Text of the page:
Buying a Refurbished Book Scanner
How Much Are You Really Saving?
There are pros and cons of buying refurbished items. In general, those pros may outweigh the cons. Although your organization might be on a tight budget with limited resources, it is crucial to avoid letting the low cost override quality. With any major purchase, longevity is key to providing efficient productivity. You do NOT want a product that lacks reliability. And in certain circumstances, you’ll get to save a little money, and sacrifice a few things that you may have to live without.
You’ll need to determine what matters the most for the success of your business.
In terms of cost –it’s a little subjective, similar to buying a used car as “buyer beware.” Here are a few factors you should consider:
Consider the original cost of the new scanner. Expensive does not always equate to better quality.
Consider the age of the scanner. A 12–year- old scanner may still work well, but keep in mind that it was built on prior technology that is now outdated. Can it be serviced and maintained? Are parts available?
How many (miles) scans are on the scanner? A lightly used scanner will generally be in good condition; however, some parts like rubber rollers tend to age and deteriorate.
What is its overall condition? Remember, just because it is esthetically appealing, it does not suggest that there’s no underlying malfunctions that may require immediate service.
What computer interface does it use? Older machines used interface cards in the PC. I had a scanner with PCI card interface and the motherboard had failed. I only found 1 new motherboard that could support it. In a year I doubt that I could buy one.
USB interface has moved on. 10 years ago USB 2 was new now we are looking at USB 3.2. I have another machine that will only work on USB 2.0 and its software will only run on Windows 7 which will not be supported by Microsoft for much longer.
Of course, buying a used scanner means saving a tremendous amount of money, but ultimately, those savings will disappear if the scanner does not meet your job requirements, and you’re forced to spend additional funds to service the equipment.
Understanding the scanner’s history is very important. It’s the same as knowing you vehicle’s CarFax history. How many owners? Has the scanner received regular maintenance? Authorized resellers and creditable brokers base their reputation on providing quality products.
Try a Trade-In Program. If you’ve owned one of Image Retrieval’s book scanners, such as the CopiBook, a trade-in program is a great option for possibly bigger savings. As an i2s US Reseller, i2s supports us with the trade-in program. With this program, you often save a significant amount toward your new scanner purchase. **In reference to the trade-in program, this structure is commonly implemented by Image Retrieval to acquire its used scanners.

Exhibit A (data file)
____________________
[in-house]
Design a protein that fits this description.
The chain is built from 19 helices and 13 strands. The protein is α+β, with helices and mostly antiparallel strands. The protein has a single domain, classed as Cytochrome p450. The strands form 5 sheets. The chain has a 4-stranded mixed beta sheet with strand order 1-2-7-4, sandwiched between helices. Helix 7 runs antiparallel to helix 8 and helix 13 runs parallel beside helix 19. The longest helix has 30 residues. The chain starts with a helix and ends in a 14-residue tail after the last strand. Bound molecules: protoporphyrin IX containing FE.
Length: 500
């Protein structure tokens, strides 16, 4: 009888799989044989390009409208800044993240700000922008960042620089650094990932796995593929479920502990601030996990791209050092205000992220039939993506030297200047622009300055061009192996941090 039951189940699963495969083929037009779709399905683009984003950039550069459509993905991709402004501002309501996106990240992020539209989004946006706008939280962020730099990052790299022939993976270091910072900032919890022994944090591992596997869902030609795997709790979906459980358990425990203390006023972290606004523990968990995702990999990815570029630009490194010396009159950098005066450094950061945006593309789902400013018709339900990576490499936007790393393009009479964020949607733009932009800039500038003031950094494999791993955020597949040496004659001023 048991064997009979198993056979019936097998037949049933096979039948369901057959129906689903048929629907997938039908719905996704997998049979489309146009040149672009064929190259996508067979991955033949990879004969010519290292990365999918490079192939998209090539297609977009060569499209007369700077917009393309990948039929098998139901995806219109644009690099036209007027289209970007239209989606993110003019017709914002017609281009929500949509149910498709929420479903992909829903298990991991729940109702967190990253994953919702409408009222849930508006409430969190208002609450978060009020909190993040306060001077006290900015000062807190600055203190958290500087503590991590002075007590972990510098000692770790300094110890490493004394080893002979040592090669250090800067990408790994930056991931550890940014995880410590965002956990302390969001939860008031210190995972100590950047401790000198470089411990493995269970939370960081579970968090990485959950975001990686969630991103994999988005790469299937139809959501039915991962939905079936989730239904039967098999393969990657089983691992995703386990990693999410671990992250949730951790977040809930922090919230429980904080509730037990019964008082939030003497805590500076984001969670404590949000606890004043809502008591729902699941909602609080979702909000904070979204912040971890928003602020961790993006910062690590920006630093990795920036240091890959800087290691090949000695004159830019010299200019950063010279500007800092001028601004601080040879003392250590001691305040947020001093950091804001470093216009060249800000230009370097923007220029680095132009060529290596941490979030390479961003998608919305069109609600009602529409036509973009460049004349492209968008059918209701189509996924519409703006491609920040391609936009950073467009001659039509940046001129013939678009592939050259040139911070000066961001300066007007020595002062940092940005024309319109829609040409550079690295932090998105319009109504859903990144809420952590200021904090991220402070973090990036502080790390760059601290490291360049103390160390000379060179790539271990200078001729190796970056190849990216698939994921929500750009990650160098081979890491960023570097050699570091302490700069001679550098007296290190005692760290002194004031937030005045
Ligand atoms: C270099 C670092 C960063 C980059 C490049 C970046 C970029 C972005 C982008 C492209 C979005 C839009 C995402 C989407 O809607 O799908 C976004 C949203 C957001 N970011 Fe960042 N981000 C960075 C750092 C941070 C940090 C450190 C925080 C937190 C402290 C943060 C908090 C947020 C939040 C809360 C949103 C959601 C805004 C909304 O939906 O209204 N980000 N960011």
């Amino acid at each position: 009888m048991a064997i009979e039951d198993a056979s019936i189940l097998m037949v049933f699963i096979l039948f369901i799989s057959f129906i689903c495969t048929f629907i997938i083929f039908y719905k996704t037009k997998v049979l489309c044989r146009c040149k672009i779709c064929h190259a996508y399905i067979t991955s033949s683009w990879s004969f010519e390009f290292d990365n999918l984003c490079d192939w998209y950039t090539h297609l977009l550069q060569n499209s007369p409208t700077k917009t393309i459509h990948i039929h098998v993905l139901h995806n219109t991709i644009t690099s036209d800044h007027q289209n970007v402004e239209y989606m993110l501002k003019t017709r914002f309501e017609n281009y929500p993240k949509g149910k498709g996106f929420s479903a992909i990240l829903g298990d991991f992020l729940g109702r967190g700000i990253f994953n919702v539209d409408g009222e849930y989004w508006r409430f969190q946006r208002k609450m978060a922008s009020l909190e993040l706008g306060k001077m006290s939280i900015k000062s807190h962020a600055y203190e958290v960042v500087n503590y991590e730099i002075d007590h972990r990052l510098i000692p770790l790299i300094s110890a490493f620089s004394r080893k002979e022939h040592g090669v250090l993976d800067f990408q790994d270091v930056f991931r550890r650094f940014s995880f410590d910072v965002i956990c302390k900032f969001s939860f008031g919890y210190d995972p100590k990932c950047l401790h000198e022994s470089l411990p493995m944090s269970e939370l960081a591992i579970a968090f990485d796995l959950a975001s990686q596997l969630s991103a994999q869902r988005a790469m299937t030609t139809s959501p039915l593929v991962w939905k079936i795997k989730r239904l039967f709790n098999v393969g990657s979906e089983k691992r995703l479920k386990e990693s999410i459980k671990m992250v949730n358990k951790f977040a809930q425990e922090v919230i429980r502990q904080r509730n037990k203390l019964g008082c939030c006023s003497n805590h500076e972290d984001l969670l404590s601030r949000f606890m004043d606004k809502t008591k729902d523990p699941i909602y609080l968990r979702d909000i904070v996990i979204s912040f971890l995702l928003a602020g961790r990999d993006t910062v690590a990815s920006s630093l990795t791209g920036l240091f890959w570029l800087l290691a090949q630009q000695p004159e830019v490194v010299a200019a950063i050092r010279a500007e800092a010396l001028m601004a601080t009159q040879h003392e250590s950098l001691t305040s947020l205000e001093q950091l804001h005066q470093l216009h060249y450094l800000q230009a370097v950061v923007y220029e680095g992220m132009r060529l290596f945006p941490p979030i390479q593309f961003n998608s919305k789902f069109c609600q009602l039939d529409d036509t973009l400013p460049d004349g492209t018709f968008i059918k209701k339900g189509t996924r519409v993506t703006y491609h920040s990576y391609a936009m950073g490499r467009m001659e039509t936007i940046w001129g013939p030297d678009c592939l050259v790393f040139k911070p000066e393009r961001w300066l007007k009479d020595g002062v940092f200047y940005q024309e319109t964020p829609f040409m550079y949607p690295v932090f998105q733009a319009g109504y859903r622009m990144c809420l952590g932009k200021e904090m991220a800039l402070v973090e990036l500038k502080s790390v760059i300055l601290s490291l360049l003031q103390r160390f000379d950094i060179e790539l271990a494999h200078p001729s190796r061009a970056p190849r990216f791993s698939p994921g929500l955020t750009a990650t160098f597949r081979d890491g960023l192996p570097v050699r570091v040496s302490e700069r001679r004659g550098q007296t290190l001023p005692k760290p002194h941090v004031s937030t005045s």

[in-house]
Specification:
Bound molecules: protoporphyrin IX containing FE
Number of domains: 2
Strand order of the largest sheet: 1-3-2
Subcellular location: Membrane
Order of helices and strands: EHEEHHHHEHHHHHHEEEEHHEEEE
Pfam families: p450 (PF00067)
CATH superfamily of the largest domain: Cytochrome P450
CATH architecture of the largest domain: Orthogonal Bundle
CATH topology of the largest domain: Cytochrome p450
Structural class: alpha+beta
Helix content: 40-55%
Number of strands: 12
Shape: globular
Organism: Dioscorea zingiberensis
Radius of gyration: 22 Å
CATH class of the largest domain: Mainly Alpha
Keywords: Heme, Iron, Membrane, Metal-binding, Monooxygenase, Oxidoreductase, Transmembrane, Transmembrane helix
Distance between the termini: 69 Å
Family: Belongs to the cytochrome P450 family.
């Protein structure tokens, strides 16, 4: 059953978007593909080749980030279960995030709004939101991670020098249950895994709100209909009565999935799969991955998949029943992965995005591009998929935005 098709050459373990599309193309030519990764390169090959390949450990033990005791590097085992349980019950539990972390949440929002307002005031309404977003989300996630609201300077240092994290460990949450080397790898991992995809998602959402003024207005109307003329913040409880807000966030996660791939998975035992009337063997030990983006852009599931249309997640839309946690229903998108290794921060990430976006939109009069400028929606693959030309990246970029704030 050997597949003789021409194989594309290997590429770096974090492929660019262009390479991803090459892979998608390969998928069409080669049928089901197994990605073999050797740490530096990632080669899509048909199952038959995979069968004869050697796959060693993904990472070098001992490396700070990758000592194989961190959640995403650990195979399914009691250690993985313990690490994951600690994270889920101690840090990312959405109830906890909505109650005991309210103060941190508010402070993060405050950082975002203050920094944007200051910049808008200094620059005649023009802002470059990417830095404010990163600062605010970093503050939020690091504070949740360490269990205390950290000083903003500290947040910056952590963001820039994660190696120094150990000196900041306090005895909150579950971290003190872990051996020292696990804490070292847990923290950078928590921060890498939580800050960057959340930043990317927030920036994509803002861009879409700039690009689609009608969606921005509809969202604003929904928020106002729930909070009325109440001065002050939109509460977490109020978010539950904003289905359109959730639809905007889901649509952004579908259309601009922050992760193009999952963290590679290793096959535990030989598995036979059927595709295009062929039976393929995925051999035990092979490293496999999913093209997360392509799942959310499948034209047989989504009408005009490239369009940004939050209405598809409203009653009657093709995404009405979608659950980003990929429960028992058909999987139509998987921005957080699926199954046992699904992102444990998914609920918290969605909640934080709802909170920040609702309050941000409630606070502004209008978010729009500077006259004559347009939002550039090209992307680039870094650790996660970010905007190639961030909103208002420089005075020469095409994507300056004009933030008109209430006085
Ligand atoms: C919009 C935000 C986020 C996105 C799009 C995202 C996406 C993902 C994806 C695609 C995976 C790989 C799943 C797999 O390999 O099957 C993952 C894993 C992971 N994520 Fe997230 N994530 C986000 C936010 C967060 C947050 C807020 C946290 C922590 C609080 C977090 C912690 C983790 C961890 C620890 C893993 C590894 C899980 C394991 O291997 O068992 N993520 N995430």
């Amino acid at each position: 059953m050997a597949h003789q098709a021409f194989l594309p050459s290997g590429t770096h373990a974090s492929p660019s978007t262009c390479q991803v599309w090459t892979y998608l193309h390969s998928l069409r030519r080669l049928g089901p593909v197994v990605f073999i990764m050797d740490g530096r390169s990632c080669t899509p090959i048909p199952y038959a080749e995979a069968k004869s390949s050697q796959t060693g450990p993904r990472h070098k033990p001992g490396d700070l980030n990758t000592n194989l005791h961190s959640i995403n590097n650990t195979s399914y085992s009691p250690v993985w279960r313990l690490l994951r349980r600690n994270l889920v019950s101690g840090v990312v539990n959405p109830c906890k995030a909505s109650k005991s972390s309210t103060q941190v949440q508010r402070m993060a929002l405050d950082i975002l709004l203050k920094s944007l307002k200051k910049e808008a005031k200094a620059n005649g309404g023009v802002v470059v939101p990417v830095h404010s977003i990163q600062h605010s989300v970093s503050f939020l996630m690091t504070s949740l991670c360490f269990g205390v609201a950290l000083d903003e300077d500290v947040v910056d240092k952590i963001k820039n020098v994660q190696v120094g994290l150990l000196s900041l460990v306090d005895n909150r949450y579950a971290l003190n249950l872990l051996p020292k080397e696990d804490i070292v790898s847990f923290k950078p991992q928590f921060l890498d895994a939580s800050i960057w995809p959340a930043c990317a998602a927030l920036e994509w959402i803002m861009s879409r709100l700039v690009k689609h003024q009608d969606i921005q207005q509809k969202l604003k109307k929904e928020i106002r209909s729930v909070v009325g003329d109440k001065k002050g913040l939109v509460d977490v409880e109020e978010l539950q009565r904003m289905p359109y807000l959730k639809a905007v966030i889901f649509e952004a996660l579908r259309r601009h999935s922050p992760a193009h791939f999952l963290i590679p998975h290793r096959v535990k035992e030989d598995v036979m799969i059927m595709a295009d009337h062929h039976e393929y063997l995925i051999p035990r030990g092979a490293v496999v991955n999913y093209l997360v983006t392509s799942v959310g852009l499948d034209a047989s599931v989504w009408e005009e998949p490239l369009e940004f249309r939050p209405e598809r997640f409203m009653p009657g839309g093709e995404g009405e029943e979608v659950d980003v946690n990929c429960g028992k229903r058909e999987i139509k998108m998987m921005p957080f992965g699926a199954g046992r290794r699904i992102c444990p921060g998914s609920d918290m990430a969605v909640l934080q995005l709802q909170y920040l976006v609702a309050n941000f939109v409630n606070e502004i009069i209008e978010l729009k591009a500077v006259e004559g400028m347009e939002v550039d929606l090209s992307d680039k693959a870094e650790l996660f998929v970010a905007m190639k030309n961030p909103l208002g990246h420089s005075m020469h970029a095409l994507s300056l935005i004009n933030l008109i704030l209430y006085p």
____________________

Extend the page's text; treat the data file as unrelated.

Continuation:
It’s imperative not to confuse renting with leasing. Renting involves a temporary contract of loaned equipment. Additional costs may include shipping, training and installation. Leasing, on the other hand, is when a bank finances the purchase of either a $1 buyout at the end of the lease term, or fair market value buyout at the end of a defined period. Image Retrieval employs brokers to arrange the lease and have no financial interest in the transaction.
For example: If Image Retrieval sells a refurbished book scanner with a 3 month-warranty for $7,000, the shipping will be $450, with installation and training at $2250. Your cost will be nearly $10,000, perhaps slightly more if the scanner is newer.
Now, compare this with a new scanner that costs $30,000 that’s twice as fast as the refurbished one and comes with a full, one-year warranty/Technical Service Agreement (TSA), along with an average 7-year life span before major servicing is required. If you plan to finance, paying $10,000 down with a 36-month term, your payment could be about $650 per month, depending on the APR.
Are Refurbished Scanners in ‘Like-New’ Condition?
Most refurbished scanners are in “like-new” condition. An authorized reseller knows the wear and failure points of equipment. They will have a good supply of belts, mats, rubber rollers and switches to bring the machine up to an acceptable level of quality. They can choose to refurbish a machine because it has potential, or discard it because it’s simply too old.
Are Technical Support, Training, and Warranties Provided?
This may the most important part when considering buying a used book scanner or any other piece of equipment. If the seller provides a warranty of at least 3 months, then this is an indication of quality. If the seller has the ability to install the equipment and train the users, this is a good sign that the seller is knowledgeable of the equipment. Also, if the seller can provide technical support (even if it’s for a fee), then there’s a high chance of the equipment performing up to your expectations.
What Types of Book Scanners Are Available?
Currently, Image Retrieval has acquired many legacy i2s CopiBook and DigiBook overhead book scanners that have been traded-in for the latest CopiBook OS and QUARTZ A1 HD. The company recycles the older ones; though, the newer units still have some life in them, but the difference is that they may not be as fast or as technically advanced as today’s versions. Nonetheless, they are still viable machines. Image Retrieval’s inventory is always changing, but only book scanners that can be refurbished and supported will be considered for resale.